The scene: Elizabeth (one of the five daughters in a poor family in England) is interacting with a man he likes and some women at a gathering in a private house. She expresses very different opinions from everyone else’s. Also, unlike others, she is not acting to please and form a favorable opinion about herself. This is most obvious when she asks Darcy about his pride. By actually asking a question rather than saying that Darcy is a proud man, Liz prompts him to reflect and question his attitude. Darcy is opinionated about how women should act in the presence of men. According to him, certain actions are meant to elicit a response. This conversation occurs while Elizabeth is walking arm in arm with another woman, a friend of Darcy.

Elizabeth has a unique point of view in this situation. She believes that Darcy is proud and holds certain opinions about women. Meanwhile, Darcy understands her situation, that she is from a poor family and does not know “proper” manners. This is why he does not prove her wrong. He only responds in kind, with some sarcasm and explaining his own thoughts and actions. In fact, Elizabeth has very different views from Darcy and his friends, because she formed her opinions during her previous encounters with the nobility. For example, at a family dinner with Mr. Collins, she hears Mr. Collins say how a woman should always be agreeable and graceful.

On the other hand, Darcy is from an aristocratic background, where noble speaking and acting is expected. This places him in a position where he expects a woman to always have a proper response. But Liz challenges him when she asks if he is proud in believing that forming a bad opinion about someone cannot be reversed. Eventually, Darcy changes as he accepts the views of Elizabeth as humble.

The scene’s analysis yields an understanding about the learning process and how people create new knowledge and change their believes. Constructivism is a useful perspective for interpreting similar situations. This is because its main premise is that someone’s knowledge is not stable and is an outcome of the things that they pick up in their cultural setting. Also, the views expressed by the characters of the movie were prevalent during the early XIXth century England (based on the novel by Jane Austin).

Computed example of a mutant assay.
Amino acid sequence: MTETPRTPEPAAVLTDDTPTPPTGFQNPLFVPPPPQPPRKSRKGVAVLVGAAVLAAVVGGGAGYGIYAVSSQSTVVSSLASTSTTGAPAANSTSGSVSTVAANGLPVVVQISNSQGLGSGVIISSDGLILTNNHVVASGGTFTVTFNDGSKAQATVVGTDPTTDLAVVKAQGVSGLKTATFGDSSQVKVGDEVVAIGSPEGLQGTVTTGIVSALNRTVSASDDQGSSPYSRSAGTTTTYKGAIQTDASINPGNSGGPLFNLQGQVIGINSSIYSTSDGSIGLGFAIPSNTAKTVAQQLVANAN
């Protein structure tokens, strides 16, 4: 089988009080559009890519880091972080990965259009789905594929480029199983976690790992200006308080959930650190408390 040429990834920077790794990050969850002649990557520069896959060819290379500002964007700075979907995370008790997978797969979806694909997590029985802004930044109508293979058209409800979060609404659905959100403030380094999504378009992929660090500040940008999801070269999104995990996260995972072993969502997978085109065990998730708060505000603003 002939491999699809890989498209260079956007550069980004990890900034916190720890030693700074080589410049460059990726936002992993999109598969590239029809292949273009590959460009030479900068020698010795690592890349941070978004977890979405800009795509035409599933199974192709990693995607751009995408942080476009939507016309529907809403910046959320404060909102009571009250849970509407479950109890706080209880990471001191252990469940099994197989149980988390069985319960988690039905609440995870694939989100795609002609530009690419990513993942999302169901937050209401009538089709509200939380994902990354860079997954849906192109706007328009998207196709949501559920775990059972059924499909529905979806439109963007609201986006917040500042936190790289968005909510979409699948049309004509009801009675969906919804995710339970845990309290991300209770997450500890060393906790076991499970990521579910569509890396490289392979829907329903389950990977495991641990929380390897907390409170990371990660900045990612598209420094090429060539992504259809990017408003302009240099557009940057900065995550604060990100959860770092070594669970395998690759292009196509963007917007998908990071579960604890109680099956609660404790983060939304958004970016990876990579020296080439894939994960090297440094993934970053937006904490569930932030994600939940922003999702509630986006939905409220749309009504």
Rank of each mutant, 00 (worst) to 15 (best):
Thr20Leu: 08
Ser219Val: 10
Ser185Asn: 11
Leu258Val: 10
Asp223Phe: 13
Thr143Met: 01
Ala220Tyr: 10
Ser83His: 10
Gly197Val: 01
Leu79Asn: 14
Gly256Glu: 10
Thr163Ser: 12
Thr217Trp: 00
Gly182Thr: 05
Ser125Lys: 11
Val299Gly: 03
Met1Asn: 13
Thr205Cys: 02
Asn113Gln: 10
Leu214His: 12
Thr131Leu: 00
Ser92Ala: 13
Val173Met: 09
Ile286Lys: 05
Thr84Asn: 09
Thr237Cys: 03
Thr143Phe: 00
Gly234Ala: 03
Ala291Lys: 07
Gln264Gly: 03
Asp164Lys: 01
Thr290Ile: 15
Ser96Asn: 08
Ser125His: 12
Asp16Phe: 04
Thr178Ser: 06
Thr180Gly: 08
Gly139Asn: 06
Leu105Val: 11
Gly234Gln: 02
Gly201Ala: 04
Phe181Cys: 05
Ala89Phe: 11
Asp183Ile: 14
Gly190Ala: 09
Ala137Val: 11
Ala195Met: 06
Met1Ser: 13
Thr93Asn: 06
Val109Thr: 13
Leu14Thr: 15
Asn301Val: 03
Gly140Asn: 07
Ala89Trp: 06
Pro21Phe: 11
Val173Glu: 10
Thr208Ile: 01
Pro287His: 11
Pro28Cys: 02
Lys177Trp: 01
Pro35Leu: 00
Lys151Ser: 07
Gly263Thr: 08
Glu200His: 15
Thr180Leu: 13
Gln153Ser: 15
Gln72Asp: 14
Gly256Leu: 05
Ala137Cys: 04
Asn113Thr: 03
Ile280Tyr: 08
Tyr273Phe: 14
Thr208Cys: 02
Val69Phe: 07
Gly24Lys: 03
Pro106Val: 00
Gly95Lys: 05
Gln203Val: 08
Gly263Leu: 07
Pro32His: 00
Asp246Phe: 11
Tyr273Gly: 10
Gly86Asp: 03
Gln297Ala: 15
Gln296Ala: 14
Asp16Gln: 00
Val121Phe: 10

As constructivists would argue, Liz and Darcy change as they interact with each other. Liz always asks questions because she is curious by nature and likes to read and interact. In response to her questions, Darcy presents new information that helps Liz to change own old-fashioned views. For example, in another scene, she agrees to play the piano on request by an aunt of Darcy. This way Liz agrees that she does not have to be great at playing the piano in order to play for others. Since Darcy also asks questions, they become a couple. They are similar and open to change.

Yet another insight from analyzing the scene is that some people are similar and yet different from their contemporaries. In the past, it was commonly believed that women should do what is best for their family and respond to courtship (Liz did not do this), that women should be sociable (Liz preferred to read and play the piano), and that women did not need to “test” the character of men before marrying them (men could do this though). This perspective challenges what people think about society and the people from another class. Not all the rick people are snobs and not all the poor people have bad manners. In fact, the poor can learn good manners from others. Likewise, the rich can understand and overcome own prejudices. It is best achieved in an interactive situation like a dialogue, as was in the case of Liz and Darcy. In other words, they become closer and more similar as they interacted about what they know and why they think what they think. Also, they do not argue, and conflicts appear from strong convictions.